The talk on banking was apparently laced with hints of conspiracies in which Jewish names featured. I was gratified to hear that several members of the branch challenged him strongly.

These painful allegations returned centre stage this week when the BBC heavily trailed its Panorama programme by a right-wing journalist, John Ware, entitled: “Is Labour Antisemitic?”

It was a shoddy piece of work based around several individuals who formerly worked in the party’s “disputes unit” and seamlessly conflated opposition to Israel’s deeds and zionism with anti-semitism.

The programme opened with a statement by a young Jewish Labour member, who became tearful as she recounted her bad experiences.

Ware forgot to inform us that this was Ella Rose, who used to work for the Israeli embassy.

It relayed individual stories but without reference to any of the key research information provided by several professional and academic bodies that have confirmed that anti-semitism in Britain today is far more widespread on the right than the left.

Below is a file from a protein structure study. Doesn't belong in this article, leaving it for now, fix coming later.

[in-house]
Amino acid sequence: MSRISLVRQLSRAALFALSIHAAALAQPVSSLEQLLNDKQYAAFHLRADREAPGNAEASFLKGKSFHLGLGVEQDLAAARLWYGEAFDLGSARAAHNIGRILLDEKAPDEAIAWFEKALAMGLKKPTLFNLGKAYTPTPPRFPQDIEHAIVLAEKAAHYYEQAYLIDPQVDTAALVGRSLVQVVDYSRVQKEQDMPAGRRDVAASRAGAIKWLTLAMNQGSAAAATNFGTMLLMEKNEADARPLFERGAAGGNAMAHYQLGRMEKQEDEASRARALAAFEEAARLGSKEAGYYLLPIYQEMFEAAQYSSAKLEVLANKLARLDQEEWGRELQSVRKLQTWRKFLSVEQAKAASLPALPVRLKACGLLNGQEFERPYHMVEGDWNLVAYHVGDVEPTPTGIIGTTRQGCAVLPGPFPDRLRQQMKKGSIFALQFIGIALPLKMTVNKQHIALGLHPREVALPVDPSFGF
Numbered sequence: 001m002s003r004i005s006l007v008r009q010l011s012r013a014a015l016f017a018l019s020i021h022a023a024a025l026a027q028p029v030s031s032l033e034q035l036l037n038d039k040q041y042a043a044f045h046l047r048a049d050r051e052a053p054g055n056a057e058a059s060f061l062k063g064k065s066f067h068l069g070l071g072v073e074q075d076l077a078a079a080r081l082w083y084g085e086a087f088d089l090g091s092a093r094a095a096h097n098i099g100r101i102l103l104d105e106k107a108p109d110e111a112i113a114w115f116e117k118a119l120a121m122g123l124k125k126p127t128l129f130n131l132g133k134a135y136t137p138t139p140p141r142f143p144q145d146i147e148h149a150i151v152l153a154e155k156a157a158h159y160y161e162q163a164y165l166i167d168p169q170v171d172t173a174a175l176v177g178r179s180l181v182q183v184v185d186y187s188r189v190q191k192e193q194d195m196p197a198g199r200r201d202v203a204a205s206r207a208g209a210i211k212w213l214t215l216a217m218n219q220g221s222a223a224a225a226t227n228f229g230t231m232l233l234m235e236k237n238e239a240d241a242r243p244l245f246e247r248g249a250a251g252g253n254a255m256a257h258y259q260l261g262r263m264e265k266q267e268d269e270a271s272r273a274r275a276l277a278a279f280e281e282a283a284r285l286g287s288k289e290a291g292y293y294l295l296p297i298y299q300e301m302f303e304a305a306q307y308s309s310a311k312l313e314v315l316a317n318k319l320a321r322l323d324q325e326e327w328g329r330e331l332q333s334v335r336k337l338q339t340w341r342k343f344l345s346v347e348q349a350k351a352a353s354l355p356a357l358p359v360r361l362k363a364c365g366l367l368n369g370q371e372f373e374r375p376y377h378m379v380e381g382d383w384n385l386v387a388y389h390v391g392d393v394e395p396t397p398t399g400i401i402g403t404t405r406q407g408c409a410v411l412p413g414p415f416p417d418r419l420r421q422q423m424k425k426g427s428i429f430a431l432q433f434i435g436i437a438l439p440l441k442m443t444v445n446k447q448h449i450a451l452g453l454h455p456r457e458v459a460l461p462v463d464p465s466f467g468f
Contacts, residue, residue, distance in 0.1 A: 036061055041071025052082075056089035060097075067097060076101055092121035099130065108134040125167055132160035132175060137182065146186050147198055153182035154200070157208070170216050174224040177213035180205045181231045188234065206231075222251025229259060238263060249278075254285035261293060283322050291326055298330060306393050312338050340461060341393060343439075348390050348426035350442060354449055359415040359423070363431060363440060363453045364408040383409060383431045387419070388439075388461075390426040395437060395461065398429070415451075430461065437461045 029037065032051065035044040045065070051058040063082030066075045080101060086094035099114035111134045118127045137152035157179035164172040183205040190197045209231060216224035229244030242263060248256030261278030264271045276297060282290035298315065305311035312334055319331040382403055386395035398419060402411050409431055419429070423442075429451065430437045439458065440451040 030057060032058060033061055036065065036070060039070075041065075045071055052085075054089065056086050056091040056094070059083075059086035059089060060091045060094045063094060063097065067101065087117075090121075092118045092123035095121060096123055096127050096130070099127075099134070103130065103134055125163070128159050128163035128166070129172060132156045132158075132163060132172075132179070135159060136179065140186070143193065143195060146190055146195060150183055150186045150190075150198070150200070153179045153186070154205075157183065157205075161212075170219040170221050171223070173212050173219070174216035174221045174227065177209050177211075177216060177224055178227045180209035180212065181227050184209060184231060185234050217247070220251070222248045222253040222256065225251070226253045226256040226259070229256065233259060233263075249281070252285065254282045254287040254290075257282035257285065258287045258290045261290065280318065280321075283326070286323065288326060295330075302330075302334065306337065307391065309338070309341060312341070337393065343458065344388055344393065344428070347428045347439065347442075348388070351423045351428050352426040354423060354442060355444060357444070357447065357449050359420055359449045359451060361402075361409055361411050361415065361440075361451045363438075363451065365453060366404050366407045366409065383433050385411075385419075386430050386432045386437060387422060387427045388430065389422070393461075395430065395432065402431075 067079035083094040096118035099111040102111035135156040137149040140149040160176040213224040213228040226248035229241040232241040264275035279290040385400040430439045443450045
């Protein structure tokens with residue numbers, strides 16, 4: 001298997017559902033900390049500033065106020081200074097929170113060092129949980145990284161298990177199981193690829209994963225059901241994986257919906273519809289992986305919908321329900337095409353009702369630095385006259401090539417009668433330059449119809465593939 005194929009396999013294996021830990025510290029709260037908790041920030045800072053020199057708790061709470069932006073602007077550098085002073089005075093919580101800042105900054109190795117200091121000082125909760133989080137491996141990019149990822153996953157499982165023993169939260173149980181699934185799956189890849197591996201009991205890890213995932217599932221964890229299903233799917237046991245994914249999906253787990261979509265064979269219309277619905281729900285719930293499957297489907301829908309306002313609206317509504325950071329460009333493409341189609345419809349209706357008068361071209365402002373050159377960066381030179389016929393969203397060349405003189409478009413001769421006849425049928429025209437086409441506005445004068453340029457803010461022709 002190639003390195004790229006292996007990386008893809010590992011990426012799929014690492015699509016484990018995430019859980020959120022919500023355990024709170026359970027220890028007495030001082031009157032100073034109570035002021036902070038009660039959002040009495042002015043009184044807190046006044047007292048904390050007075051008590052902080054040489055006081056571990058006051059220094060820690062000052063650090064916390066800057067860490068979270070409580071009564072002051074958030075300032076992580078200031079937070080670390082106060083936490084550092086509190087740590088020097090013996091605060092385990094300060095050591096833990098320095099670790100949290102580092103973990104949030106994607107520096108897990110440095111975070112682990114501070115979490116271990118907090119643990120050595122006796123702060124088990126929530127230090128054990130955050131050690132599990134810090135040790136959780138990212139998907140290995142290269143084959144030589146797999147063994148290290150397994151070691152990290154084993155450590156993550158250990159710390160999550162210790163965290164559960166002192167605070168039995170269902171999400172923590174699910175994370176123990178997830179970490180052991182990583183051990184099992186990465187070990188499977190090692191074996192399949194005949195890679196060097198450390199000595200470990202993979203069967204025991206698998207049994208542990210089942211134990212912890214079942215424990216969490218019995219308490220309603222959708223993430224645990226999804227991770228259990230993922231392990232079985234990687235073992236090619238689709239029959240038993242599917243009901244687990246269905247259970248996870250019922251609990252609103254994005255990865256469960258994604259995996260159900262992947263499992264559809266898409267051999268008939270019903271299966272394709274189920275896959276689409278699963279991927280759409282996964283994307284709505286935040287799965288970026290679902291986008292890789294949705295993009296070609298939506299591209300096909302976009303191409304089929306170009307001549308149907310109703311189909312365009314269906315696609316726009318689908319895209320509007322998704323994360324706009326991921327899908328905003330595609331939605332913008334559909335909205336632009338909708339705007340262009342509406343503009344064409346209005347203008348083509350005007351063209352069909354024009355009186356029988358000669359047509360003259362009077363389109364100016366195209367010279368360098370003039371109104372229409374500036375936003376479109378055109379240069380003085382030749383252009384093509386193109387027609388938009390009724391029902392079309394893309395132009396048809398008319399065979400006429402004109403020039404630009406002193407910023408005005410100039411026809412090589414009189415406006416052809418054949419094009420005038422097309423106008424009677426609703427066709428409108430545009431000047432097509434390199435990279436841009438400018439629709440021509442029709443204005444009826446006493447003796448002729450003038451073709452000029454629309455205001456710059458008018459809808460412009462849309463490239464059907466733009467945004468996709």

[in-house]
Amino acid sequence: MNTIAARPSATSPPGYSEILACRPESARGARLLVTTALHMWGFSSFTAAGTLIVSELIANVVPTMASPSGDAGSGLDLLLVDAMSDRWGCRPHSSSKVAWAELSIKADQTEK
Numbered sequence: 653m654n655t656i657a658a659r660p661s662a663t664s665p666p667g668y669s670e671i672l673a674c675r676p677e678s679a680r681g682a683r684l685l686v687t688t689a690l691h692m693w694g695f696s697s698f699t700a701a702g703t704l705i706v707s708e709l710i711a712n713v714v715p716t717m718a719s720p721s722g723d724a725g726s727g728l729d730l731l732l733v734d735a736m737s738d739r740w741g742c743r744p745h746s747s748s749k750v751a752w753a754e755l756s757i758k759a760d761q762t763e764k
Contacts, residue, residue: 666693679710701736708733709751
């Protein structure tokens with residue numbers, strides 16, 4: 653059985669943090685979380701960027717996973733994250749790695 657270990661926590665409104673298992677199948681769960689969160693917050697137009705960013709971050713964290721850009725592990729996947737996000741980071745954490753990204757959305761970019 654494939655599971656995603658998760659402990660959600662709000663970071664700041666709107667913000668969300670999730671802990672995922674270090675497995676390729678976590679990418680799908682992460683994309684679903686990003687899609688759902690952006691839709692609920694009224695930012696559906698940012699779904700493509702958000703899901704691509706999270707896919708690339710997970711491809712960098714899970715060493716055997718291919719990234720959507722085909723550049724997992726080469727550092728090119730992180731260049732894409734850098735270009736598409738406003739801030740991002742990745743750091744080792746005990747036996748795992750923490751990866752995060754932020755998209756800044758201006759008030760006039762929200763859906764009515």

It did platform two academics, though. One was Dave Rich who authored a book denouncing “left anti-semitism,” especially in Corbyn’s Labour Party.

The other academic was “Professor Alan Johnson.” Viewers were not told that since 2011, Johnson has edited the quarterly journal of Bicom, the most active pro-Israel lobbying organisation in Britain.

Bicom is funded mainly by a Finnish billionaire, Poju Zabludowicz, who is a generous donor to the Tory Party as well.

The Labour Party officially denounced the Panorama programme before and after it was aired, in the strongest terms, for false and malicious claims, and Ware’s political bias.

If the BBC was seeking to investigate racism in British political life, its programming and priorities would surely look very different.

There is a mountain of evidence that racism in its many varieties has become more severe since the Tories took power in 2010, aided and abetted by the Lib Dems until 2015, and on their own since.

The referendum result of 2016 undoubtedly raised nationalist feelings and emboldened racists and fascists.

That is clear in the levels of street level abuse, but the Tories’ hostile environment policies, targeting migrants and refugees, and also devastating members of longstanding Caribbean communities, began in 2012, well before the referendum.

Anti-semitism in British society increased too in this same period. The main statistical rise occurring in 2013-14. That was well before Corbyn led Labour.